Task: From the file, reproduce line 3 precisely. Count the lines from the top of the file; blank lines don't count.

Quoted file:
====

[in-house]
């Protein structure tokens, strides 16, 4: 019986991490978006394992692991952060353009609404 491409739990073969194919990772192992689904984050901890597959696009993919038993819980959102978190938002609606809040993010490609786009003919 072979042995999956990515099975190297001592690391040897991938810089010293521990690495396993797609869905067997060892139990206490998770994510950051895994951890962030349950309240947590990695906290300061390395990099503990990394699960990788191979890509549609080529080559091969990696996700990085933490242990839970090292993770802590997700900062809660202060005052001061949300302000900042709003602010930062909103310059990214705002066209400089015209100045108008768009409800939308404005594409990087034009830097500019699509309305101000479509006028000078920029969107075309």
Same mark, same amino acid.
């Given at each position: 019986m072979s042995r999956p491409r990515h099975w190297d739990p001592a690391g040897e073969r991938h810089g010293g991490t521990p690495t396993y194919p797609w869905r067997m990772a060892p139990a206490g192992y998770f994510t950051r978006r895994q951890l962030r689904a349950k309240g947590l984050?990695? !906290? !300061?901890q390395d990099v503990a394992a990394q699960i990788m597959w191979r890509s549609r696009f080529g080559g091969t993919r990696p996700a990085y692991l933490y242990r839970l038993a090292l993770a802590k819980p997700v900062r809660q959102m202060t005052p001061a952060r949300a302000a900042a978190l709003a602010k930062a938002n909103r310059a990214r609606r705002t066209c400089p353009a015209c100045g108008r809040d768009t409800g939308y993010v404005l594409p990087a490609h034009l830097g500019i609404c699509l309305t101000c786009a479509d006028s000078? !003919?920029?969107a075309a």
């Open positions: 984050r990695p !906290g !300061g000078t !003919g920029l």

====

Same mark, same amino acid.